Cut to the poorly planned and confusion laden bank robbery, with unexpectedly funny and awkward consequences, followed by a quick cast run of the four principles. Next, Chet and Nick are in flight from the police, as Dwayne and Travis observe. Chet explains to Nick that just because he drives a delivery car, he is not thereby a professional driver, undercutting Nick’s confidence, which is then shattered when they are T-boned by a cop car, which flips the boys, sending them sliding diagonally toward the camera, both of their mouths open, their heads tilted identically, screaming in unison.
By the way, this is a terrific image, capturing as it does, the literal over-turning of their plans and the out-of-control aspect of their adventure.
At 2:21, we see the title spelled out in four shots. Lastly, a clever button ends the trailer: A policeman arrests Chet and Nick, demanding they drop their weapons. To this request, Nick responds by tearing open his jacket to expose the explosive vest he’s wearing, hysterically shouting at the armed policeman, “guess what, you’ve just brought a gun to a bomb fight, officer,” at which point the cop drops his gun and runs for safety.
I don’t think I’m reading too much into it, to call this scene a lightly veiled (barely sublimated) “pissing contest” or moment of phallus-comparison, one which Nick wins against at stout, African-American, pistol-packing cop.
As a high-concept movie, the premise of the film is easily and briefly stated. Jesse’s character, a pot-smoking, pizza-delivery boy, is outfitted, against his will, with a suicide bomber’s vest and told to rob a bank as the price of releasing him from the timed explosion. Given the outrageous, thought-experiment quality of the premise, it’s the relationships and the awkward situations that ensue which absorb the bulk of screen time, rather than the improbably mechanics of his victimization. This is a comedy after all, and the Mcguffin of plot is merely the occasion for “stupid guy” and “nerdy guy” hi-jinks.
And yet Eisenberg’s victimization (whatever the details) is critical, since it both focuses his thought and motivates his energies toward survival and retribution. Moreover, his victimization, beyond its role as the initiator of plot, is also the source of the trailer’s appeal. Why, you ask, would an audience derive pleasure from a character’s emasculating victimization? I appeal to Dr. Freud and his concept of the repetition-mastery complex for the answer. This psychological coping mechanism allows for a negative experience to be relived but resolved differently.
In this trailer (as in the film) the victimized and emasculated audience member (the slacker, nerd, loser, geek) is invited to identify with his own subordination (the repetition of a painful experience) in the person of Nick, and then, in the course of Nick’s stressful, dangerous passage through the plot, to triumph over and vicariously transcend the traumatic experience (the mastery or “compulsion”).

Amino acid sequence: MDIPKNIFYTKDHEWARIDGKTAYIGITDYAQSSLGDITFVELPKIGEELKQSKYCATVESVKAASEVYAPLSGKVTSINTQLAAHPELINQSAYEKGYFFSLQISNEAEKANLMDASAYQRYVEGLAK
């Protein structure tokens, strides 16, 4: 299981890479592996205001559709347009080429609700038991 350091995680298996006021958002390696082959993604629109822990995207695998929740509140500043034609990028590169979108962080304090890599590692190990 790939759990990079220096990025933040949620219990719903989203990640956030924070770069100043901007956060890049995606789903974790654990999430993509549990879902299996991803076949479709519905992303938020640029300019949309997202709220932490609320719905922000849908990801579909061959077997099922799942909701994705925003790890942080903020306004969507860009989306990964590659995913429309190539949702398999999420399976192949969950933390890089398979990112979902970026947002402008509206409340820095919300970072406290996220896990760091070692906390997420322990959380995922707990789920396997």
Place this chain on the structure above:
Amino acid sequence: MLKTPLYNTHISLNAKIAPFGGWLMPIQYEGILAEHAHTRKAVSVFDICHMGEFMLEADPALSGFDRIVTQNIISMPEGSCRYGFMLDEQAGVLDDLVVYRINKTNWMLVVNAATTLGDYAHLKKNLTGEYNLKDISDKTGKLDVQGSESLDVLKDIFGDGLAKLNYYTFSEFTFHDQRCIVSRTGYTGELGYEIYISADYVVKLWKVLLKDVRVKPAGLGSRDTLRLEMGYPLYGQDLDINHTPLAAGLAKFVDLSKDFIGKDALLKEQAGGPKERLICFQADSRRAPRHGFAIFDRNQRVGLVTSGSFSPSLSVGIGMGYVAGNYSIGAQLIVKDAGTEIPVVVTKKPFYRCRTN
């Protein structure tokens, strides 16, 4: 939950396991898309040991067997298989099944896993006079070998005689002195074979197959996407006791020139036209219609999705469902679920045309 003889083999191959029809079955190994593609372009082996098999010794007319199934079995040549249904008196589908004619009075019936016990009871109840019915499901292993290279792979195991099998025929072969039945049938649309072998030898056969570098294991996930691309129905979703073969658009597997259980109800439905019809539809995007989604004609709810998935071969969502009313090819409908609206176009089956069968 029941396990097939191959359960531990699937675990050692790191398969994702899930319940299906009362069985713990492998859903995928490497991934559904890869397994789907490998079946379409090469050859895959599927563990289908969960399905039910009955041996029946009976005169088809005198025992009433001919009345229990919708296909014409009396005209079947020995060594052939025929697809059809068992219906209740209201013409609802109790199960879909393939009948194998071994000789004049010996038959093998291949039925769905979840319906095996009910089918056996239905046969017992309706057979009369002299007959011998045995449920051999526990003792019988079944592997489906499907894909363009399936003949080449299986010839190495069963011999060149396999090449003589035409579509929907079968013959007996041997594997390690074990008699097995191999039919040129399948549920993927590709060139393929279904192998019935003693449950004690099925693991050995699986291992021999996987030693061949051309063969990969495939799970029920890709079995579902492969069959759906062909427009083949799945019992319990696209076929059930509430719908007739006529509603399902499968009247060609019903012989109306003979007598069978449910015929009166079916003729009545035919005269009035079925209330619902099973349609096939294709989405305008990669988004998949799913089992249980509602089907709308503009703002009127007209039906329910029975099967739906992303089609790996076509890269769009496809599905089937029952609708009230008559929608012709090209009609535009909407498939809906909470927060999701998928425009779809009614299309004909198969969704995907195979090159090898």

Of course, identification is only one aspect of a potential audience’s investment in a film. Dis-identification is equally compelling, where the protagonist or, as if often the case, the villain, becomes a surrogate for experiences that the viewer will never have, or want to have, but finds pleasure from experiencing or exploring through a surrogate. Still, the “me” and the “not me” appeal of identification and distanciation work better within a gender than across it.
Unfortunately, for 30 MINUTES OR LESS, there is no purchase place for a female audience—of any age, unless it be the sardonic, savvy cashier who calls the boys on what she presumes to be their rapine intentions. The other notable female character, Chet’s girlfriend, has only one line in the trailer, with which she ask the question that the film ostensibly has been made to answer: “What’s happened to you guys?”
What’s happened is that they manned up, found cojones, fought for dominance rather than rolled over and bared their white bellies. I do think that the core audience of 16-36 year old males (slackers and go-getters, gay and straight alike) like these stories, these situations, these relationships because they remind them of who they are already or who they can’t ever become. But this trailer hasn’t told a story for female viewers. Maybe there isn’t one, so the trailer is doing its job of keeping the wrong audience out. But then again, if it’s as funny as the blogosphere says it is, then shouldn’t it have something for everyone?
movietrailers101 by Fred Greene is licensed under a Creative Commons Attribution-NonCommercial-ShareAlike 3.0 Unported License.